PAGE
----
- LICENSURE: Once one has obtained their Doctoral Degree and completed their postdoc, they can sit for the Examination for Professional Practice in Psychology (EEEP exam), contingent upon their accruing all their supervised clinical hours, which will vary from state to state anywhere from 3000 – 6000 hours. Check out this helpful article about Psychology Licensure.
- EXAM: Prepare and sit for the Examination for Professional Practice in Psychology (EEEP exam).
As stated above, both LCSWs and clinical psychologists are qualified to diagnose behavioral and mental health conditions through patient evaluation and offer treatments such as counseling and behavioral modification programs, but some differences in clinical duties lie in the authority clinical psychologists may have in certain states to prescribe specific medications and to perform psychological testing.
Clinical psychologists have a doctoral education that can lead to a higher salary than what LCSWs make, while LCSWs are predicted to have slightly better career prospects in terms of job growth and ease of entry into the occupation as well as a wider range of career opportunities available to them. The breadth of material covered in the MSW curriculum prepares social workers for a diverse range of career opportunities that includes professions both within and outside the clinical counseling profession. Examples include social reform, care coordination, social service work, medical social work, public health, forensic social work, non-profit work, NGO work, prison reform etc. As a clinical psychologist your job opportunities are more finely tuned to clinical psychology and counseling.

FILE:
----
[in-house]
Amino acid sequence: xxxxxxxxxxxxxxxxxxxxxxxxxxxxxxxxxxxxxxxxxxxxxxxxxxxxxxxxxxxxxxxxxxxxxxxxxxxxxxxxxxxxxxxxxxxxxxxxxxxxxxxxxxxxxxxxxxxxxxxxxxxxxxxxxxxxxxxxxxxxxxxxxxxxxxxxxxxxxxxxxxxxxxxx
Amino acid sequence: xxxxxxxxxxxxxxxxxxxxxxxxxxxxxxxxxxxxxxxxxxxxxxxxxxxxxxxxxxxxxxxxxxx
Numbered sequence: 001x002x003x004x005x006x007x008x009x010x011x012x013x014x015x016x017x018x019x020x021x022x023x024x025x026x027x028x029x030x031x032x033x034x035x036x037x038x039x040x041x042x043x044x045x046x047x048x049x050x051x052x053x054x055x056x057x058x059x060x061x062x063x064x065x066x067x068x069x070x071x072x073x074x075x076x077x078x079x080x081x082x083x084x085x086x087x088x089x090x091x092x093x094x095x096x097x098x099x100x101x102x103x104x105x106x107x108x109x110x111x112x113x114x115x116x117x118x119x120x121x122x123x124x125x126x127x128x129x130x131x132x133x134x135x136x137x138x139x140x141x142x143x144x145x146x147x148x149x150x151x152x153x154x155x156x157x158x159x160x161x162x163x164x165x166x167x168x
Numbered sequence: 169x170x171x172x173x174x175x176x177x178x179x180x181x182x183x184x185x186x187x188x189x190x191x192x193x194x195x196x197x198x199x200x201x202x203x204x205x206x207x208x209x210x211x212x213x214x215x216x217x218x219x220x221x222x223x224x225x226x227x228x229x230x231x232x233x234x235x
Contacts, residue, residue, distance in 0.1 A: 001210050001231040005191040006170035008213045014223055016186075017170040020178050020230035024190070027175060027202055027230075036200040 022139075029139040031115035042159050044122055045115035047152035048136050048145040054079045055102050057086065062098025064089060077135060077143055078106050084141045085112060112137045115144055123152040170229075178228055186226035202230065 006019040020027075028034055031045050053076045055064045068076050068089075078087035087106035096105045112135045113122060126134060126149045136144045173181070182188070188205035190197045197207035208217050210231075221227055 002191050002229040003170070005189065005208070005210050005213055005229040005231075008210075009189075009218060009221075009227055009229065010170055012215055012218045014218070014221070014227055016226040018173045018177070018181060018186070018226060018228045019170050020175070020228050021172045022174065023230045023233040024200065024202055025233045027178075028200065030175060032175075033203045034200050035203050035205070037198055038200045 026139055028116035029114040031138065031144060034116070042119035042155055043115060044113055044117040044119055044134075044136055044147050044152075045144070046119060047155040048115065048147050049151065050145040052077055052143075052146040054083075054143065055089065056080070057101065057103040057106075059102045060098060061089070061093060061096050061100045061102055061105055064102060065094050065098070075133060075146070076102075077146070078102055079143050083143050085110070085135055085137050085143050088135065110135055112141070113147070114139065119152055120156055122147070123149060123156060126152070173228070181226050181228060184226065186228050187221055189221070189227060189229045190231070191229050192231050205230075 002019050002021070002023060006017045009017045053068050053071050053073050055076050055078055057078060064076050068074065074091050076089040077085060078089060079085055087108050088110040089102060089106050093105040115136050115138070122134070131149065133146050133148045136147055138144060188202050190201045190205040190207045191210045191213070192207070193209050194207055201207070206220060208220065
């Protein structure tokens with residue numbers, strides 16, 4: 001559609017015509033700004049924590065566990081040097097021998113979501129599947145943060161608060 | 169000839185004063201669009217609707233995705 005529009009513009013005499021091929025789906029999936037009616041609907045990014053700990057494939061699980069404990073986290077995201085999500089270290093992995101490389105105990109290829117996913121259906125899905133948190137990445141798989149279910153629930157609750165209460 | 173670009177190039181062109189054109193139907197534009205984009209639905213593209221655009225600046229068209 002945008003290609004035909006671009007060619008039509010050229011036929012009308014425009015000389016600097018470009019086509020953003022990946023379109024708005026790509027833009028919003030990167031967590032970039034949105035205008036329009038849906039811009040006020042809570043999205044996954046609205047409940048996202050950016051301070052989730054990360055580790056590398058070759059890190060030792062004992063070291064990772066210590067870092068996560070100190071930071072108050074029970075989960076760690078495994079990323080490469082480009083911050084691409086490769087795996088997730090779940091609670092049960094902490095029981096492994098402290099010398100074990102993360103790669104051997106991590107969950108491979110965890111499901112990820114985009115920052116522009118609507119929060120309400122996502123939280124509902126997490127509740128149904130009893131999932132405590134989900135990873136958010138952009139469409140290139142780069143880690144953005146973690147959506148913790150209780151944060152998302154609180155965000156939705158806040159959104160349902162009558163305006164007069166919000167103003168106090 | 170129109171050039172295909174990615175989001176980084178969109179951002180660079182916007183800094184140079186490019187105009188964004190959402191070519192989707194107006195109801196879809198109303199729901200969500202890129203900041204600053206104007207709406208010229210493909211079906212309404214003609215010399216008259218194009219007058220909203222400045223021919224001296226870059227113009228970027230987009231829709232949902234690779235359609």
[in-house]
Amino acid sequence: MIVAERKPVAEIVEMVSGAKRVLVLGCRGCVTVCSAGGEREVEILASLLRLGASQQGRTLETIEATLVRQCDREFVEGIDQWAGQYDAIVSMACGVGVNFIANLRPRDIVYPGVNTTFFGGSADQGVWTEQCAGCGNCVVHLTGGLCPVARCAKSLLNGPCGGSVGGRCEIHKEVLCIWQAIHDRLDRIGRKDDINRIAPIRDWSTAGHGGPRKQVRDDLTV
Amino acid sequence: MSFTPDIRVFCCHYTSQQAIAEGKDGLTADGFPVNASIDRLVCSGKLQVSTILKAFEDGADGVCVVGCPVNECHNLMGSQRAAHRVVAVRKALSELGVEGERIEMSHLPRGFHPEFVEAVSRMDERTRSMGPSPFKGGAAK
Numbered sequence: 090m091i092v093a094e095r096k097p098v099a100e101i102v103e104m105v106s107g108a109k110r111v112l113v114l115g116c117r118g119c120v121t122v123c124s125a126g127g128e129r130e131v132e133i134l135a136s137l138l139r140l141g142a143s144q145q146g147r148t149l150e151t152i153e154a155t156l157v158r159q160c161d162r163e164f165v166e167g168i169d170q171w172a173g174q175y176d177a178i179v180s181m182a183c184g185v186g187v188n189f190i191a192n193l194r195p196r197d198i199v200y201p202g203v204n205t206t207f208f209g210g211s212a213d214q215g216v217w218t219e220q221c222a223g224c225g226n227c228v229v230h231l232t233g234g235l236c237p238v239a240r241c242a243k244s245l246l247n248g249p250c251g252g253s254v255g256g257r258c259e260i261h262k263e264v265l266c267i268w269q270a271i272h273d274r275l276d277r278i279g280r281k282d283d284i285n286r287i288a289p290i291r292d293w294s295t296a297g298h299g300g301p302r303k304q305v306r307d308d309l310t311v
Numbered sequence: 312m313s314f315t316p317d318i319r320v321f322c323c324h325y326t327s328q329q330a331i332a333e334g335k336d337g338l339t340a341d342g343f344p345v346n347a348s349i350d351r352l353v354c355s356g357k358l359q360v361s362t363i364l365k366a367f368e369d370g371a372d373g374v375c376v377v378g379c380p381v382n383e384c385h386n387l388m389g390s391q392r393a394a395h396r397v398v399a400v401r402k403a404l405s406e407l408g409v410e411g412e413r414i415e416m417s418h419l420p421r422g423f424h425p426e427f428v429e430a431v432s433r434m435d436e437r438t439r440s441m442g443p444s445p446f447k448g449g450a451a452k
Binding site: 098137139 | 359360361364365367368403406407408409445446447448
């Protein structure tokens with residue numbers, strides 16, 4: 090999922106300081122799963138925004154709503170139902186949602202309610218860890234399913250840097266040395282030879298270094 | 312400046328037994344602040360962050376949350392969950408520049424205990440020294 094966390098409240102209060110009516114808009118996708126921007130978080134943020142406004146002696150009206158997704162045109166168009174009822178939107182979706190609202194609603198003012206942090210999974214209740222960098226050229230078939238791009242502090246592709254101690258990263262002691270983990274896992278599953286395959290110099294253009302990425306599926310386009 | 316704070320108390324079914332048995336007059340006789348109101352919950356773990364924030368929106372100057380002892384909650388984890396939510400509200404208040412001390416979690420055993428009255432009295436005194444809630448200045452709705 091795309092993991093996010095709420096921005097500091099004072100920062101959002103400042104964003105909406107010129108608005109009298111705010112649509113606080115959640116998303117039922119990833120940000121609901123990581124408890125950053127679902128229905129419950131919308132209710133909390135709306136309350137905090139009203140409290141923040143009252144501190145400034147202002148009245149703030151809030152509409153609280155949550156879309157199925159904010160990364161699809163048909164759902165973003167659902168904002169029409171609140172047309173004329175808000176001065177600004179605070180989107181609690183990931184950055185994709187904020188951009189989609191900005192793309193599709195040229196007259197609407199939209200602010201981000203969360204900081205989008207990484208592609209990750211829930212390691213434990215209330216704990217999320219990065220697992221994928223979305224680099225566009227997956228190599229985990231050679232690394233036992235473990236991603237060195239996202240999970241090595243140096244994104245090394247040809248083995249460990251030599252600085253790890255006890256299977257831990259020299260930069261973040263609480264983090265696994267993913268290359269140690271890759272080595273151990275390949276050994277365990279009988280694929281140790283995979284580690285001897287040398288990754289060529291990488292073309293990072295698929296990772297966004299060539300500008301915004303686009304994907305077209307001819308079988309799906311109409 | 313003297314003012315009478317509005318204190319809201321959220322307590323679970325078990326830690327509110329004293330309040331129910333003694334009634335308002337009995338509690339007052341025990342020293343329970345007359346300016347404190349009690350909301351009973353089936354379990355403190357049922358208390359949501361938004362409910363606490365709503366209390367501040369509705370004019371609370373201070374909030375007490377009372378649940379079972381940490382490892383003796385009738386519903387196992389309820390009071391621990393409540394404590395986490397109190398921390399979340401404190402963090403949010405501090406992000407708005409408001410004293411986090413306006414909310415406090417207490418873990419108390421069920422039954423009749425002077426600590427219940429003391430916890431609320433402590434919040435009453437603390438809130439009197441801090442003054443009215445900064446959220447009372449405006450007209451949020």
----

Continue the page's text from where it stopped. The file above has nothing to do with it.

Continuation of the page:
As the educational path to clinical social work is shorter, one can begin clinical practice more quickly as an LCSW than as a clinical psychologist. Both LCSW’s and PsyD’s can bill third party, but billing laws will differ state to state so be sure to check your state’s requirements.
Though there are many similarities, there are also significant differences. As The Ancient Greek aphorism reminds us, the most important thing is to “know thyself.” Weigh the facts, search yourself, then take the leap! UNE’s MSW Program is always here if you decide an MSW is just the thing you’re looking for.